Emma's War

Emma's War

by Deborah Scroggins
4.6 6


$17.34 $17.95 Save 3% Current price is $17.34, Original price is $17.95. You Save 3%.
View All Available Formats & Editions
Eligible for FREE SHIPPING
  • Get it by Wednesday, October 25 ,  Order by 12:00 PM Eastern and choose Expedited Delivery during checkout.


Emma's War by Deborah Scroggins

Tall, striking, and adventurous to a fault, young British relief worker Emma McCune came to Sudan determined to make a difference in a country decimated by the longest-running civil war in Africa. She became a near legend in the bullet-scarred, famine-ridden country, but her eventual marriage to a rebel warlord made international headlines—and spelled disastrous consequences for her ideals.

Enriched by Deborah Scroggins’s firsthand experience as an award-winning journalist in Sudan, this unforgettable account of Emma McCune’s tragically short life also provides an up-close look at the volatile politics in the region. It’s a world where international aid fuels armies as well as the starving population, and where the northern-based Islamic government—with ties to Osama bin Laden—is locked in a war with the Christian and pagan south over religion, oil and slaves. Tying together these vastly disparate forces as well as Emma’s own role in the problems of the region, Emma’s War is at once a disturbing love story and a fascinating exploration of the moral quandaries behind humanitarian aid.

Product Details

ISBN-13: 9780375703775
Publisher: Knopf Doubleday Publishing Group
Publication date: 02/10/2004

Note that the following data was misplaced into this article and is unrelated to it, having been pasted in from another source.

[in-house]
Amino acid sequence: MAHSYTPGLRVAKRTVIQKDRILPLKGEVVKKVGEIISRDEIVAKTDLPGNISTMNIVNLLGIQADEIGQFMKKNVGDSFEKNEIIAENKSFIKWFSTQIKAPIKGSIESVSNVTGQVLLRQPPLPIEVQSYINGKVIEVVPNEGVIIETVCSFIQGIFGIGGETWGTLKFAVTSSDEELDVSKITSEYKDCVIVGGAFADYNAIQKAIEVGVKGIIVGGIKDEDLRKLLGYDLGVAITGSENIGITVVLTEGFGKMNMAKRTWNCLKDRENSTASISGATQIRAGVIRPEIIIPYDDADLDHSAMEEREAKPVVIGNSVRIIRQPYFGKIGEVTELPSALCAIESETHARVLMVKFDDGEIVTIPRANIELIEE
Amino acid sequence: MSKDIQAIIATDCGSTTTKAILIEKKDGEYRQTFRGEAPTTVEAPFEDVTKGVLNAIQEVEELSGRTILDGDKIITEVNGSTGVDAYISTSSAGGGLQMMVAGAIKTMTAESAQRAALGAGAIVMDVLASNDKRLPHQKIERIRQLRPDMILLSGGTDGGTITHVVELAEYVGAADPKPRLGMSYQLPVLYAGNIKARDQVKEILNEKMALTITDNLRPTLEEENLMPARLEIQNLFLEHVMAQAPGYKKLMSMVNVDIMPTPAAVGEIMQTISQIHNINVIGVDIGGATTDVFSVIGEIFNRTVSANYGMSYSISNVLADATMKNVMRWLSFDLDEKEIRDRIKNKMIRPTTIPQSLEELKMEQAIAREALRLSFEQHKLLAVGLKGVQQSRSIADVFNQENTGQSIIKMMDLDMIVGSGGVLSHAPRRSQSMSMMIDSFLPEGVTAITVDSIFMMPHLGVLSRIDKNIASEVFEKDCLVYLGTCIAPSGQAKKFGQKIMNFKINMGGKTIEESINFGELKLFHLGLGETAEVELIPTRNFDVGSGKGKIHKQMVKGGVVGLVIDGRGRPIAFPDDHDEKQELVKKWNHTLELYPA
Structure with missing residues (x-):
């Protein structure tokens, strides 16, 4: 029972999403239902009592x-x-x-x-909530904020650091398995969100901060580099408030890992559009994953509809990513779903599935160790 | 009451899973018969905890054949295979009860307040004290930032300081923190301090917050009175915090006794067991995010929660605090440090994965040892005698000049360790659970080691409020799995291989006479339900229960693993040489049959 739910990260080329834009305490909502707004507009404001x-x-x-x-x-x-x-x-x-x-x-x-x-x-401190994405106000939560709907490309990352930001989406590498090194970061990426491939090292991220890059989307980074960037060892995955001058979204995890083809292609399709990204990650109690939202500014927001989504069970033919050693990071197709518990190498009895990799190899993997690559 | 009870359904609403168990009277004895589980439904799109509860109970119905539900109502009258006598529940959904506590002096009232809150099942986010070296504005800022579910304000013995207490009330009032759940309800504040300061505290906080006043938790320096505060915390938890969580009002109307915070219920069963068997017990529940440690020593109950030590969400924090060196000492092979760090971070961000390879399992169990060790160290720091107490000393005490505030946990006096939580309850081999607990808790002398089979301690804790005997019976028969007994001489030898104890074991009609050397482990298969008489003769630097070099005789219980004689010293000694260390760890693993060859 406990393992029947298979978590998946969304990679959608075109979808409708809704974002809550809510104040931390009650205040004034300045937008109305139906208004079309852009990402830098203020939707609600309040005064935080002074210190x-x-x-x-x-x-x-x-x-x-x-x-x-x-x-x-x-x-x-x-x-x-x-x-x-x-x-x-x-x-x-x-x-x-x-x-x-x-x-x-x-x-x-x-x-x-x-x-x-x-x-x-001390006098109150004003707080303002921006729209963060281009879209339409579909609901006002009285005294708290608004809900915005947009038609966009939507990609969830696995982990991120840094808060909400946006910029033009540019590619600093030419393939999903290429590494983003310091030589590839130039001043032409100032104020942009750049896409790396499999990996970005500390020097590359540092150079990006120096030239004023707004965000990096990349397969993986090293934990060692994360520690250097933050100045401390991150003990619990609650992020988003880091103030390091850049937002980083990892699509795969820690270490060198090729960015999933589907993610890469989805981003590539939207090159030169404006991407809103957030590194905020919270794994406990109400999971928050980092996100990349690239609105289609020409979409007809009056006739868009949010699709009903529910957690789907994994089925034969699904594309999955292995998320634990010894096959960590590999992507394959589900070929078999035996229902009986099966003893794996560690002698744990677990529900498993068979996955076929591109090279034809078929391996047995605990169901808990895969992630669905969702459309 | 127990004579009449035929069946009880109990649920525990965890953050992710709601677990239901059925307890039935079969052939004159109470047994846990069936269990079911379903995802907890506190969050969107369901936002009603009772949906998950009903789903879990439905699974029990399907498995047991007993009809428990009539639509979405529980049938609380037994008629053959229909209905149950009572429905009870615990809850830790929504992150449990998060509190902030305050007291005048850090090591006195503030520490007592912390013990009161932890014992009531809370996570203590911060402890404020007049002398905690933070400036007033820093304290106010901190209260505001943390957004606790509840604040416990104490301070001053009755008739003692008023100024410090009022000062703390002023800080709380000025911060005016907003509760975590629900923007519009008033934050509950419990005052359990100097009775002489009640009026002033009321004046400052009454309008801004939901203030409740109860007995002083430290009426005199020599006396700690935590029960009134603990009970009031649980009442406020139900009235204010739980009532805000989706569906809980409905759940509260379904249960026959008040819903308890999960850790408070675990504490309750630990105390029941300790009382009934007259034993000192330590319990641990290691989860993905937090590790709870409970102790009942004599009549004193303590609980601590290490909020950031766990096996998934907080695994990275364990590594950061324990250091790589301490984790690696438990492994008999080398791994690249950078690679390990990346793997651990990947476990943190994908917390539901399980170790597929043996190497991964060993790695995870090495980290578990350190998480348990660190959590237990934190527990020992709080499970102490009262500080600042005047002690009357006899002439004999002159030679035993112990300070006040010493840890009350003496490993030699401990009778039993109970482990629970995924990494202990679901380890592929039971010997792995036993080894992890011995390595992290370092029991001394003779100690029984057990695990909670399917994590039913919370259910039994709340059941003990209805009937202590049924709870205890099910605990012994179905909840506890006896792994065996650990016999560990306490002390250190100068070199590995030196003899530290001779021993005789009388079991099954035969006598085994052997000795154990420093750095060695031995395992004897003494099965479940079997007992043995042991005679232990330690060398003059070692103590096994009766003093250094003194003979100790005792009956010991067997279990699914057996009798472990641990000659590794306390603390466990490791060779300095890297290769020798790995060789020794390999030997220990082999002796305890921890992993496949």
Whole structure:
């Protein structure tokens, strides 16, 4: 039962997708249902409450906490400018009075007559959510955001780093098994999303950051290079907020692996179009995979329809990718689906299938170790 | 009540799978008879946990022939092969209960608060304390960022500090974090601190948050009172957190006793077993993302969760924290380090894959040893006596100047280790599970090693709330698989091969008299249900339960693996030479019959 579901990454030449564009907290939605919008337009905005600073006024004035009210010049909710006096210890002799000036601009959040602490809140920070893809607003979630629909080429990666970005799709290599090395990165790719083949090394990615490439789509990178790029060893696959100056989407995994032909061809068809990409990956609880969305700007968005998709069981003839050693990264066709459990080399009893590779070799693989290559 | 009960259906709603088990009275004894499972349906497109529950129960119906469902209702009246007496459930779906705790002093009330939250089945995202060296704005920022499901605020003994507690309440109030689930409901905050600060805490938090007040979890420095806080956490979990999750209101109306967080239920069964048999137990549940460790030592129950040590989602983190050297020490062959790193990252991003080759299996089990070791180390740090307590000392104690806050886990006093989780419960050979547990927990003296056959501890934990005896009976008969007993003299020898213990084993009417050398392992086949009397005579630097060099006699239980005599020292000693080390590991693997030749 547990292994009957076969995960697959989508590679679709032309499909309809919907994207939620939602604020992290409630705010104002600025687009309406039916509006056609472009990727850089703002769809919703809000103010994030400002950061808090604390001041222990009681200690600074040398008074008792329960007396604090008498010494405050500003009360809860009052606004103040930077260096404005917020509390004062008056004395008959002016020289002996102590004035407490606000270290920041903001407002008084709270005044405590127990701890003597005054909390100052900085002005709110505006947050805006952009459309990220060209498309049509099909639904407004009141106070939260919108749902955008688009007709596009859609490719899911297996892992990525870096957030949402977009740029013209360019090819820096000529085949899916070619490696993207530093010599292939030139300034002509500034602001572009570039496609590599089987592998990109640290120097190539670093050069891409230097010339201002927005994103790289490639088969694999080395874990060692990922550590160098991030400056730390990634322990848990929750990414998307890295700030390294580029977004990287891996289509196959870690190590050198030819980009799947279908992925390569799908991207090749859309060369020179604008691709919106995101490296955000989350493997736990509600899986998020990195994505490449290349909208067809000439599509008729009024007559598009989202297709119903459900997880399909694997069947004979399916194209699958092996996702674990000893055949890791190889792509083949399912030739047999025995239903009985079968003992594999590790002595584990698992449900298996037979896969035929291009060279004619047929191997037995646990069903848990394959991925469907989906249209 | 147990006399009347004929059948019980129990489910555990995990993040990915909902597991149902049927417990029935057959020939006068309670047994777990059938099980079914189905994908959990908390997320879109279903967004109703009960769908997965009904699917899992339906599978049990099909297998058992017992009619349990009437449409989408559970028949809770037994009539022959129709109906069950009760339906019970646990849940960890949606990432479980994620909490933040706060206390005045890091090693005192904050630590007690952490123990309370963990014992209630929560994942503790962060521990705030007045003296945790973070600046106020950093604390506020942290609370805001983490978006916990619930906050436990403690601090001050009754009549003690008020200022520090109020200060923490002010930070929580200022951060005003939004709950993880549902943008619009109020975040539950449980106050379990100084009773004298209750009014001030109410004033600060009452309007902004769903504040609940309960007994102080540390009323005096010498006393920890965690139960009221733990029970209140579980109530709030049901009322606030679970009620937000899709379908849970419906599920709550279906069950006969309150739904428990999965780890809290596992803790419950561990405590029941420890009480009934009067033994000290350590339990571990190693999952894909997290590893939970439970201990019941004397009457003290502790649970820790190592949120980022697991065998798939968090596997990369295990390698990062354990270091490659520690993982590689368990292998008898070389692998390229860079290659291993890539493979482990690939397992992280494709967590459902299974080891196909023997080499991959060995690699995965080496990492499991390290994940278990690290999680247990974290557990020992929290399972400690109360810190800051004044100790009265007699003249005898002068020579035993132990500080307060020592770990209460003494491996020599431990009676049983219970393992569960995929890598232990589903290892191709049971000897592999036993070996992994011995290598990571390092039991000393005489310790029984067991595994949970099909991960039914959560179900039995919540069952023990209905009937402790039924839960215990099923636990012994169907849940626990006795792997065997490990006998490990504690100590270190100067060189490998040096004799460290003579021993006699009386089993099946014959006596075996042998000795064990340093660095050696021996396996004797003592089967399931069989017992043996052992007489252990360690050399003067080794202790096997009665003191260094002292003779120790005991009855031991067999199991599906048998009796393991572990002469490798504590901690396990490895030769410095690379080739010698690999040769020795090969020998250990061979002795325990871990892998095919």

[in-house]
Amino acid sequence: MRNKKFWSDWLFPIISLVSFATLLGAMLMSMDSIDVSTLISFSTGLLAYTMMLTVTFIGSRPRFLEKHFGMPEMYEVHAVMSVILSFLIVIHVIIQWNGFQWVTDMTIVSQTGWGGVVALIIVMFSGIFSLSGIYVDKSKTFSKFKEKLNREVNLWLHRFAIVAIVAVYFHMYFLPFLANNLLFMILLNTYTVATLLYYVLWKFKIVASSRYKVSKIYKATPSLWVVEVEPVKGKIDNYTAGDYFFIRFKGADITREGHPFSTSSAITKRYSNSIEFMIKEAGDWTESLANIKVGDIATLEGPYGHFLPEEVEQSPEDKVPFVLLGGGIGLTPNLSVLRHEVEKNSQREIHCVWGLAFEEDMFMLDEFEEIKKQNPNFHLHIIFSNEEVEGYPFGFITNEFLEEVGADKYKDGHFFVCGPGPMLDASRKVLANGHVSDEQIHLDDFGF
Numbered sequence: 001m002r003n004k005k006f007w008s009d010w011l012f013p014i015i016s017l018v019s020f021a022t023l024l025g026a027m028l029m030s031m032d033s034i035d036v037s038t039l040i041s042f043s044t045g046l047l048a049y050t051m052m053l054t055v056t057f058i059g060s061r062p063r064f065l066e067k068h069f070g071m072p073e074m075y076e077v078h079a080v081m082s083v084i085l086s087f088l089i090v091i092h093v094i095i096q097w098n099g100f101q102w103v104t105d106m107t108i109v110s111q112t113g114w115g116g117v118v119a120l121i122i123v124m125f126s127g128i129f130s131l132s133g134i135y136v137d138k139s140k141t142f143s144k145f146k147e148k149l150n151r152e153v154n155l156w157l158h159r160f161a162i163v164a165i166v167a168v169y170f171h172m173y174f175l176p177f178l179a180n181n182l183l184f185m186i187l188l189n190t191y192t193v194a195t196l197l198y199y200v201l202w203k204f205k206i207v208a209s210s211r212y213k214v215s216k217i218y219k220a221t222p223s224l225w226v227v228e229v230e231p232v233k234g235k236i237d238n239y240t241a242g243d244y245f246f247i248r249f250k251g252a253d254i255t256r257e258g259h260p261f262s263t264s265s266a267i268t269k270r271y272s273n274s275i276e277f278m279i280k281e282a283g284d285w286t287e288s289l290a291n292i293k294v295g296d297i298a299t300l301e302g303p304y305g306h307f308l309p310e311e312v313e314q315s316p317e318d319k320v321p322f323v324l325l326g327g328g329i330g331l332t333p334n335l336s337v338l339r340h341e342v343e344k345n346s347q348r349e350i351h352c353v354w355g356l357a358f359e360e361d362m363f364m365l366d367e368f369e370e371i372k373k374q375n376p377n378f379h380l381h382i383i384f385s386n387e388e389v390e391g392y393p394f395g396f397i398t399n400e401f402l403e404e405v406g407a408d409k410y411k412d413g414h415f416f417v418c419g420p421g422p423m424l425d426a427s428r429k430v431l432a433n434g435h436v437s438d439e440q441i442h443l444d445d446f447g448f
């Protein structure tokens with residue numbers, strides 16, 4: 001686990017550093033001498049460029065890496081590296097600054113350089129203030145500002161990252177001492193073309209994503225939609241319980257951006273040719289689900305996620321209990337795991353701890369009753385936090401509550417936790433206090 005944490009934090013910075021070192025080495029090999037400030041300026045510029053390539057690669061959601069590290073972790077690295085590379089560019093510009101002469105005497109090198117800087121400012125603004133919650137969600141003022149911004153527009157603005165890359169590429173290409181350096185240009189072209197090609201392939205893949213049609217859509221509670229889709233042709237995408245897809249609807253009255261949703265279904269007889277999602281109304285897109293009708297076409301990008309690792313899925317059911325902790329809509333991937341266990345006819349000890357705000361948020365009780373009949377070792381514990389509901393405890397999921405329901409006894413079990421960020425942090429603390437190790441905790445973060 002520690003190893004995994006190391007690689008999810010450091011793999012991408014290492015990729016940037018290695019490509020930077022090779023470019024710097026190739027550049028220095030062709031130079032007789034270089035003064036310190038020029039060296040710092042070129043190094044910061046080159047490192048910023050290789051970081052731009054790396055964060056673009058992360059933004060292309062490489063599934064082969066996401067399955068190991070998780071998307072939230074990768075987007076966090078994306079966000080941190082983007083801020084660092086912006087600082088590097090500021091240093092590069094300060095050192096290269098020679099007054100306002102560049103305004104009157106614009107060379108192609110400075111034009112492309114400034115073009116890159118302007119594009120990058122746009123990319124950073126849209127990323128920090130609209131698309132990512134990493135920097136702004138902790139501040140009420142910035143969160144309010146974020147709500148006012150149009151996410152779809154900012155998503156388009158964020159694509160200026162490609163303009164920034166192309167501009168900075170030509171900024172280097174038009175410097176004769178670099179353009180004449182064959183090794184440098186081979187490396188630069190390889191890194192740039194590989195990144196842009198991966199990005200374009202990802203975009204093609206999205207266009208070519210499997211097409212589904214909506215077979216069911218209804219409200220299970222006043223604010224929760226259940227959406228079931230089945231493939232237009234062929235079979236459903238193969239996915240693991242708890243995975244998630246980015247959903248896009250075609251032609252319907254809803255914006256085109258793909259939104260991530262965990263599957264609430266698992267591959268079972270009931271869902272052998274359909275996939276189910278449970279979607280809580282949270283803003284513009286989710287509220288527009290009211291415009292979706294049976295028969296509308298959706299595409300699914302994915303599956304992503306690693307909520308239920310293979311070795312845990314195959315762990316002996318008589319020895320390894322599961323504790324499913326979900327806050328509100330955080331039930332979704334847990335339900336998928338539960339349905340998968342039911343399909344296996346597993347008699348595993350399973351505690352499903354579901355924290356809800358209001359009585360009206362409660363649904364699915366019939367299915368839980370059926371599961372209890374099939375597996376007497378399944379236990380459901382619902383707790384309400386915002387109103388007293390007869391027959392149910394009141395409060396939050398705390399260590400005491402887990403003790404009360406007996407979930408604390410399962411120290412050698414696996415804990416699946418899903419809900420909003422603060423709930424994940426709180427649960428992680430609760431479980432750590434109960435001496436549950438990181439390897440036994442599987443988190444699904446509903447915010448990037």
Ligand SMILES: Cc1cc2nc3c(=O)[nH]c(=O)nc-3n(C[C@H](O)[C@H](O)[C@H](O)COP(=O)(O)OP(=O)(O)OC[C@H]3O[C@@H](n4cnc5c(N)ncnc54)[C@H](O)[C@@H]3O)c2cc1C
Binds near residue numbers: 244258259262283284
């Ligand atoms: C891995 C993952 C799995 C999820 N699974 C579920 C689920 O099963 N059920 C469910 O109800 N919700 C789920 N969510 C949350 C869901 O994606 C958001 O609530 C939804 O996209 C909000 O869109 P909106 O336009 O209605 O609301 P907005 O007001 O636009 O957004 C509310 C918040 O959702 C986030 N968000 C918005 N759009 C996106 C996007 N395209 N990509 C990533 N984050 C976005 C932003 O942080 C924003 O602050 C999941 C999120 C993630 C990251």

Edition description: Reprint
Pages: 416
Sales rank: 988,443
Product dimensions: 5.20(w) x 8.00(h) x 1.06(d)

About the Author

Deborah Scroggins has won six national journalism awards for her reporting from Sudan and the Middle East. For Emma’s War she was awarded the Georgia Author of the Year Award. A former correspondent for the Atlanta Journal-Constitution, she has published articles in Granta, The Independent, Vogue, and Glamour. She lives in Atlanta.

Customer Reviews

Most Helpful Customer Reviews

See All Customer Reviews

Emma's War 4.7 out of 5 based on 0 ratings. 6 reviews.
Anonymous More than 1 year ago
Anonymous More than 1 year ago
Guest More than 1 year ago
This book intelligently weaves Sudan's history with western intervention and Emma, the naive, reckless and ultimately tragic heroine. It is an enthralling tale. I found it difficult to put the book down. It also raises important issues about the nature of humanitarian aid -- how it can become just another resource for rival groups to fight over, or instigate rival groups into using non-combatants/refugees as a means to manipulate or channel aid flows to regions of political and economic significance.
Guest More than 1 year ago
I really enjoyed this book and learned so much about African history. (and a lot of American political involvement as well) The story revolves around Emma, an British aide worker in Africa, but goes deeper into the motivation of people that do this kind of work, and then the environments they find themselves in. I was especially moved by the writing of the author about her own travels to Africa. Her testimony was heartbreaking and real and put you right there with her. An excellent writer, Scroggins has the ability to give us all the facts of a journalistic history report, while conveying the emotions of Emma in the same beat. This is an excellent choice for anyone who wants something more than fluff that you can sink your teeth into. I usually fly through books, but took my time on this one to take in all the history and politics. Well done!
Guest More than 1 year ago
This was a fascinating account of not only an idealistic young woman but of a region of the world completely misunderstood. Scroggins descriptions of life in southern Sudan were sad, depressing but eye opening. 2 million dead and very little hope in sight. Emma certainly did help, but whom?
Guest More than 1 year ago
Compelling . . . timely . . . beautifully written. I knew little about Sudan and I was hooked from the start. Scroggins is both critical and compassionate. She presents an in-depth account of the secular-Muslim conflict within Sudan as well as the politics of the Western relief organizations, and she leaves the reader with a sense of her love for Sudan. Very enjoyable and informative.